David Welna

David Welna is NPR's national security correspondent.

Having previously covered Congress over a 13-year period starting in 2001, Welna reported extensively on matters related to national security. He covered the debates on Capitol Hill over authorizing the use of military force prior to the wars in Afghanistan and Iraq, as well as the expansion of government surveillance practices arising from Congress' approval of the USA Patriot Act. Welna also reported on congressional probes into the use of torture by U.S. officials interrogating terrorism suspects. He also traveled with Defense Secretary Chuck Hagel to Afghanistan on the Pentagon chief's first overseas trip in that post.

In mid-1998, after 15 years of reporting from abroad for NPR, Welna joined NPR's Chicago bureau. During that posting, he reported on a wide range of issues: changes in Midwestern agriculture that threaten the survival of small farms, the personal impact of foreign conflicts and economic crises in the heartland, and efforts to improve public education. His background in Latin America informed his coverage of the saga of Elian Gonzalez both in Miami and Cuba.

Welna first filed stories for NPR as a freelancer in 1982, based in Buenos Aires. From there, and subsequently from Rio de Janeiro, he covered events throughout South America. In 1995, Welna became the chief of NPR's Mexico bureau.

Additionally, he has reported for the Canadian Broadcasting Corporation, The Financial Times, and The Times of London. Welna's photography has appeared in Esquire, The New York Times, The Paris Review, and The Philadelphia Inquirer.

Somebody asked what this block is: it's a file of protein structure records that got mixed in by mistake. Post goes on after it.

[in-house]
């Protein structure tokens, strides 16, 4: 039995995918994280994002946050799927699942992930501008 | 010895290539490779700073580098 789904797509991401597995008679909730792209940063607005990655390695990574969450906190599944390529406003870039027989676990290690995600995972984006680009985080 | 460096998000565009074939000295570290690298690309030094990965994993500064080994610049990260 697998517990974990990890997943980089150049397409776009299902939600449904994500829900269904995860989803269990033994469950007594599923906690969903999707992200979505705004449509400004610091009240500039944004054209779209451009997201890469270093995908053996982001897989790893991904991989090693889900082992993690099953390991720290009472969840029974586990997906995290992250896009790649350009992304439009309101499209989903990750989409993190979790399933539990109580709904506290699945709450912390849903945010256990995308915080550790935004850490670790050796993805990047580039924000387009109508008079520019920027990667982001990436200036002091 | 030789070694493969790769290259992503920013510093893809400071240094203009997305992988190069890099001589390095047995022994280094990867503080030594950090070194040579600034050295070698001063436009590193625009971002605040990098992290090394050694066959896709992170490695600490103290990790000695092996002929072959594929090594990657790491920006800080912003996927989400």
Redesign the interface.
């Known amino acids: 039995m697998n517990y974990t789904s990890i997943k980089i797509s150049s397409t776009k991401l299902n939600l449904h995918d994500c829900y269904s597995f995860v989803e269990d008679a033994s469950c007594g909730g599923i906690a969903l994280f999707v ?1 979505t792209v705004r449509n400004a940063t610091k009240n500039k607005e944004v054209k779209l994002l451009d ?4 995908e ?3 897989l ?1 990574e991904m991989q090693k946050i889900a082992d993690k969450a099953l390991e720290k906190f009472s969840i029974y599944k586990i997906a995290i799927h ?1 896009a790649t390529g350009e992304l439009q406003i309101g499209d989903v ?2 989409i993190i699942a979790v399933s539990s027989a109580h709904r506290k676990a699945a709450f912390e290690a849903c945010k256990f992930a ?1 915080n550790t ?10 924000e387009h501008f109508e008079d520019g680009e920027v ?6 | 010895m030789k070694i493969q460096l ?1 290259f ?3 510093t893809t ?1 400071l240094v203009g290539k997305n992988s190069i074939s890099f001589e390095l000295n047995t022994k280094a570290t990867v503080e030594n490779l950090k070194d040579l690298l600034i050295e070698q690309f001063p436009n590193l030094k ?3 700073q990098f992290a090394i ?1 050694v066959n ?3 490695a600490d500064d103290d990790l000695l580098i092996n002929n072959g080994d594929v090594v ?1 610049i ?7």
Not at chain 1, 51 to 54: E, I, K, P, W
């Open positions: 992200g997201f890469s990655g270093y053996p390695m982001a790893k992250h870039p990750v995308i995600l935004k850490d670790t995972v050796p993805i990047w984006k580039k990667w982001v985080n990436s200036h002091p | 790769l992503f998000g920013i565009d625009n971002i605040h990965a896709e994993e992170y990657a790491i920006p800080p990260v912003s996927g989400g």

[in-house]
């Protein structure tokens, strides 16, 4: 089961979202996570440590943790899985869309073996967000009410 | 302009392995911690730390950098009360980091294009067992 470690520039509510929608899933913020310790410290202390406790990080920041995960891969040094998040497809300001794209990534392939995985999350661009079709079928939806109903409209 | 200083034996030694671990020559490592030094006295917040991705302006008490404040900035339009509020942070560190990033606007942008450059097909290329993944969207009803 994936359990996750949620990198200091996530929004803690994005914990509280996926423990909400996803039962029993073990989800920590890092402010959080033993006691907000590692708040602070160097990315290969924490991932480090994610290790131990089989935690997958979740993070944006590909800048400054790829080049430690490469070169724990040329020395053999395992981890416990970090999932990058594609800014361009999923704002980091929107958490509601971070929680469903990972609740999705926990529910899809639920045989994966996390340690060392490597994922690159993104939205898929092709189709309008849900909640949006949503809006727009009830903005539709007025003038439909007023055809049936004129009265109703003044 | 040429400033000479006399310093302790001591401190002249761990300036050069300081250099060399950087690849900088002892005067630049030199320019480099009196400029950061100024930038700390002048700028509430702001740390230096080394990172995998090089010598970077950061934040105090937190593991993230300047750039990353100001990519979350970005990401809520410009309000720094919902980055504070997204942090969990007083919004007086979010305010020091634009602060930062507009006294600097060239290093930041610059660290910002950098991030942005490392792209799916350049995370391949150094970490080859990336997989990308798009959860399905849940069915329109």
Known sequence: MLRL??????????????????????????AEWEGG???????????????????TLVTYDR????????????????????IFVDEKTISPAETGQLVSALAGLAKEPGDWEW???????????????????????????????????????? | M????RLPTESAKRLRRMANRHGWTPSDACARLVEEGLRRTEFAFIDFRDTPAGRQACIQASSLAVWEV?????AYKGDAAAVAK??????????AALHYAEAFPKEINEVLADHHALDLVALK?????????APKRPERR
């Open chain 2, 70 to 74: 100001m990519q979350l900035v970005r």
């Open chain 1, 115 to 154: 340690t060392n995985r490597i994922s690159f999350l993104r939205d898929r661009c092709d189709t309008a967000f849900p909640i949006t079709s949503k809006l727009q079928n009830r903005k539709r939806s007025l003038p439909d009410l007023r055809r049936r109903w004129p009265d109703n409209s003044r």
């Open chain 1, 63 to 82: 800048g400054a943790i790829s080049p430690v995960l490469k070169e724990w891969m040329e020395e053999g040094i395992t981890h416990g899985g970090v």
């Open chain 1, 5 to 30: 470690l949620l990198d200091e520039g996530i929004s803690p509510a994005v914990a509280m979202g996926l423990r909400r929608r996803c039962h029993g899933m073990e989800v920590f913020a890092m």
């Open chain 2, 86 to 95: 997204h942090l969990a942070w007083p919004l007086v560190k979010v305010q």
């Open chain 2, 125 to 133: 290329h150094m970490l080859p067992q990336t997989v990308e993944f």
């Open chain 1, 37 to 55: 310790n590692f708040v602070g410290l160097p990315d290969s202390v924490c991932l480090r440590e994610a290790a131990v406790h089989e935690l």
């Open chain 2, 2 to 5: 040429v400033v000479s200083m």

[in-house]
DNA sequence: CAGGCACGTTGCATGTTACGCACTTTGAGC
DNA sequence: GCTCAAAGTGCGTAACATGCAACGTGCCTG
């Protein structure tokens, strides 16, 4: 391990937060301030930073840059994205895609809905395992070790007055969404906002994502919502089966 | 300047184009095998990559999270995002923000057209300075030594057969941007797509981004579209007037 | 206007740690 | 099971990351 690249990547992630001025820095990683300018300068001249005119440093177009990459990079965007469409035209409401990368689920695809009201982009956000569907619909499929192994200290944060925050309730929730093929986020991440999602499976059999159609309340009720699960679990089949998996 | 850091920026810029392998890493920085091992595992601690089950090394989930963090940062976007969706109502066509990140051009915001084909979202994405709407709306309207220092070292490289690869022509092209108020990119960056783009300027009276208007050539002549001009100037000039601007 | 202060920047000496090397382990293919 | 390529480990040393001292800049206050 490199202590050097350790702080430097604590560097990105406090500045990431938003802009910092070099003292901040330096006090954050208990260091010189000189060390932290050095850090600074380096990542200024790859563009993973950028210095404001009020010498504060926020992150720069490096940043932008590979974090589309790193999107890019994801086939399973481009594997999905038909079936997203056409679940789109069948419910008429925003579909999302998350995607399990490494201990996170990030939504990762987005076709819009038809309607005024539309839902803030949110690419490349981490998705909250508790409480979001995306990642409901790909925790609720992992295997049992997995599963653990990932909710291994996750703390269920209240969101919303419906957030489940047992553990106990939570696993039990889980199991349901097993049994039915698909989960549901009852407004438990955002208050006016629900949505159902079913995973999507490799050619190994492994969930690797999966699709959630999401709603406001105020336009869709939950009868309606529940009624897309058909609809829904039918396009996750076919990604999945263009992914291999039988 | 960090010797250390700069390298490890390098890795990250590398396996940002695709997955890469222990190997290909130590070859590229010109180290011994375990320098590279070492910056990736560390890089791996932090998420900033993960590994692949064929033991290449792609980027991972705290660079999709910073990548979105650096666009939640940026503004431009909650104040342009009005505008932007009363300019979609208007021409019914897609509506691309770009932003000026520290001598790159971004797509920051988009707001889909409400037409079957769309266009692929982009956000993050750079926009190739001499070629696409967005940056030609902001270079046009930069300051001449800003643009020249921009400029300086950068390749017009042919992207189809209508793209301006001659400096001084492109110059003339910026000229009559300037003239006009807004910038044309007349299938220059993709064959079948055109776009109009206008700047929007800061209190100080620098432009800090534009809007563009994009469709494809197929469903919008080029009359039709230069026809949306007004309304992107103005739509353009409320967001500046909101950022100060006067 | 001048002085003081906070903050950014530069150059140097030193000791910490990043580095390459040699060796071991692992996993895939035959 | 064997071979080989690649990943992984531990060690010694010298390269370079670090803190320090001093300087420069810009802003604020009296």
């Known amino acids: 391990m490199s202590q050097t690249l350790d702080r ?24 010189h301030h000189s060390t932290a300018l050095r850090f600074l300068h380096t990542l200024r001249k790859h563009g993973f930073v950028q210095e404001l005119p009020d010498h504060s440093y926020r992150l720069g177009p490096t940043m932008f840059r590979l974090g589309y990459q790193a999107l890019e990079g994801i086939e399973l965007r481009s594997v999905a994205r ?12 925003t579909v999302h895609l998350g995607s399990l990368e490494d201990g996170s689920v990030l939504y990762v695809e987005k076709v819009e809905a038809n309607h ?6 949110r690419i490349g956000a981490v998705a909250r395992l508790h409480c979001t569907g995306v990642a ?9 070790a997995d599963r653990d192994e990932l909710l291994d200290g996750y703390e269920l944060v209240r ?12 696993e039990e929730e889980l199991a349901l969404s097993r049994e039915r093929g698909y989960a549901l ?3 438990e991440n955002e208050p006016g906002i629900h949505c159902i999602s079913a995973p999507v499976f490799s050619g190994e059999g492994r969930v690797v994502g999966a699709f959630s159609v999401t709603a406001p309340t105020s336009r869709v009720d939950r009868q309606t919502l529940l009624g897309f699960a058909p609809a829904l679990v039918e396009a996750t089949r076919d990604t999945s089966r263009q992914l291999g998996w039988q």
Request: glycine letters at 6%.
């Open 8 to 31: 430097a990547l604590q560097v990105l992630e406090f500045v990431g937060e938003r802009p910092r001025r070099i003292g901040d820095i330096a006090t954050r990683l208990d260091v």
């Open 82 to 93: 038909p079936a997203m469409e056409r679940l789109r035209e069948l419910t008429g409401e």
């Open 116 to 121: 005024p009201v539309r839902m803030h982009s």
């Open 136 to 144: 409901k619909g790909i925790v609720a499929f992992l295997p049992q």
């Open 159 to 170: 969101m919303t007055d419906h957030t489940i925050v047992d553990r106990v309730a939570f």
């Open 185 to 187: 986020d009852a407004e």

Covering a wide range of stories in Latin America, Welna chronicled the wrenching 1985 trial of Argentina's former military leaders who presided over the disappearance of tens of thousands of suspected dissidents. In Brazil, he visited a town in Sao Paulo state called Americana where former slaveholders from America relocated after the Civil War. Welna covered the 1992 United Nations Earth Summit in Rio de Janeiro, the deforestation of the Amazon rainforest, the mass exodus of Cubans who fled the island on rafts in 1994, the Zapatista uprising in Chiapas, Mexico, and the U.S. intervention in Haiti to restore Jean Bertrand Aristide to Haiti's presidency.

Welna was honored with the 2011 Everett McKinley Dirksen Award for Distinguished Reporting of Congress, given by the National Press Foundation. In 1995, he was awarded an Overseas Press Club award for his coverage of Haiti. During that same year he was chosen by the Latin American Studies Association to receive their annual award for distinguished coverage of Latin America. Welna was awarded a 1997 Nieman Fellowship at Harvard University. In 2002, Welna was elected by his colleagues to a two-year term as a member of the Executive Committee of the Congressional Radio-Television Correspondents' Galleries.

A native of Minnesota, Welna graduated magna cum laude from Carleton College in Northfield, MN, with a Bachelor of Arts degree and distinction in Latin American Studies. He was subsequently a Thomas J. Watson Foundation fellow. He speaks fluent Spanish, French, and Portuguese.

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Politics